On this tenth anniversary of 9-11, we relive the day that the towers of the World Trade Center buckled and collapsed, the day the Pentagon smoked and airplanes crashed. Televisions across the country re-broadcast pictures of flames pouring out of the jagged chasm in the North Tower. September 11 would be the day our national self image was forever altered, and its images are a flood of memories. We remember. We struggle to explain the event to children who didn’t yet exist when it all happened. Emotions are once again fresh and sore. And as we revisit the terrorist attack, I am amazed at how grief is an attack of its own, often unsuspected until it is upon us.
The freshness of loss catches me off guard. One day in our nation’s history was so much more than that. It sent ripples out across the days to come, touching each of us in unpredicted ways. I am once again conscious not just of what we lost that day but what we continued to lose in the days and years that have followed. Loved ones who have since died deaths unrelated to that attack are mourned today too because days set apart to remember loss bring their absence painfully forward.
Nine years after airplanes crashed into our nation’s story, a young soldier took his life. He was 26 years old. His death came on the ripples of that September day when our nation resolved to declare war on terrorism and sent its young men and women to Iraq. After bravely and honorably serving our country on two different tours and enduring unnameable horrors, word of an immanent third tour in Iraq undid him. And one day in December, in a hotel room not too far from the army base where his airborne division readied itself for yet another deployment, he ended it. I remember my nephew today and grieve the loss of his young and precious life. Today memories older than 9-11 come washing back, the happy phone call our family received on Independence Day 1983, the call from my brother announcing the healthy birth of his first child and my parents’ first grandchild. I remember that sweet blonde-headed toddler doing push ups, groaning and grinning as he pumped his body up and down for all of us to applaud. I remember the snapshots of his smiling face at 2 years old, at 5 years old, the bowl cut and bow tie he donned in one of his earliest pictures. I find it hard to imagine that he ever grew up to pass from this life broken by the scars of a war that is still unfinished.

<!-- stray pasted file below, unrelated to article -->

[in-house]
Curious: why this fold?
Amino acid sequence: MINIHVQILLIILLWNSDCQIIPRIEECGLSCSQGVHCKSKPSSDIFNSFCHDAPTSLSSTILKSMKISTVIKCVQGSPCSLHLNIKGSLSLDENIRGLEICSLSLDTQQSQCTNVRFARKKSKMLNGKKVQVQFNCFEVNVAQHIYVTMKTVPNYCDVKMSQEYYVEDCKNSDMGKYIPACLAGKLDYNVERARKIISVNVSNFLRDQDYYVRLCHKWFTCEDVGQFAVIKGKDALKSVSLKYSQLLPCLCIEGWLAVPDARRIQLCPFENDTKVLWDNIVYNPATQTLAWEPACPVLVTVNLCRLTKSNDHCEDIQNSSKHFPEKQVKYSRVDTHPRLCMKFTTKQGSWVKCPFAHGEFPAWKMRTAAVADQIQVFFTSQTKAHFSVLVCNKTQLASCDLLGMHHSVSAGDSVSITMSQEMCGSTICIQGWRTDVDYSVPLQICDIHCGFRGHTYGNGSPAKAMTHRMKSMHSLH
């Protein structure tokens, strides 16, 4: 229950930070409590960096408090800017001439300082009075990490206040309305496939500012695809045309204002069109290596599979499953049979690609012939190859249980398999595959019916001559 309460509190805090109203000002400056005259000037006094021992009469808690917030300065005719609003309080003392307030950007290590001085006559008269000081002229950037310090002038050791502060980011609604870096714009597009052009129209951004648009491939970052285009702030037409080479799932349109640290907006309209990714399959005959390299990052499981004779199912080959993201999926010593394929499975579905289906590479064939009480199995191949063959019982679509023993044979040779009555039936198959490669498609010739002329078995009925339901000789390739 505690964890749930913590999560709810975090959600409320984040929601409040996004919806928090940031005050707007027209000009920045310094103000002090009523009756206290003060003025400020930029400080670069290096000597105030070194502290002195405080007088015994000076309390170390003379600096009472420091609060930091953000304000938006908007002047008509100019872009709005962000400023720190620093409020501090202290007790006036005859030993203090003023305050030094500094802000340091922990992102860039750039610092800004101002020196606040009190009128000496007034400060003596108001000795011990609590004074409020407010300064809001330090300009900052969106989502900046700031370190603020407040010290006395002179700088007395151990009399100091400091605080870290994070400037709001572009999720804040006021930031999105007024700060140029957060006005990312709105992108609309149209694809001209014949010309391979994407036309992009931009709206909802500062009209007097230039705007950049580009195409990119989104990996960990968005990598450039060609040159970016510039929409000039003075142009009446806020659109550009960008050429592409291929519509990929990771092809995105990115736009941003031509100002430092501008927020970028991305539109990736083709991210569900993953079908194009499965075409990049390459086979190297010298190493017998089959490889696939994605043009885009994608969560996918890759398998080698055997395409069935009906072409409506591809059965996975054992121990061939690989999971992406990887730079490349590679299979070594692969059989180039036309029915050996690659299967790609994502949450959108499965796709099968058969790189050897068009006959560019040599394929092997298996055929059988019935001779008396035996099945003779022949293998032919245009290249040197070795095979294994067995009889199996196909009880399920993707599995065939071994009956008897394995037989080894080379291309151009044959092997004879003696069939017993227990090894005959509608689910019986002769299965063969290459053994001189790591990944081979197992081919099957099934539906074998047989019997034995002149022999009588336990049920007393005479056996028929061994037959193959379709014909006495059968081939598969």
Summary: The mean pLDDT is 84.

Memory and loss. An anniversary of national loss reminds us of all our losses, whether they were the loss of loved ones, of futures, of physical health or emotional stability.
Yet today, even as we remember, the smiles of my children shine and the sun warms today with its light. When we remember together, we come together. And that coming together is itself a source of newness and rebirth, a solace and a redemption of the day. Memory and loss. In the ceremonies today, our president read us a psalm. Children who lost parents on that day listen today, survivors. Our nation’s story did not end that day. And as we heal, our president publicly associated our nation with the “God of Jacob.” Beauty comes from ashes by the grace of a God who remembers us and to whom we are not lost.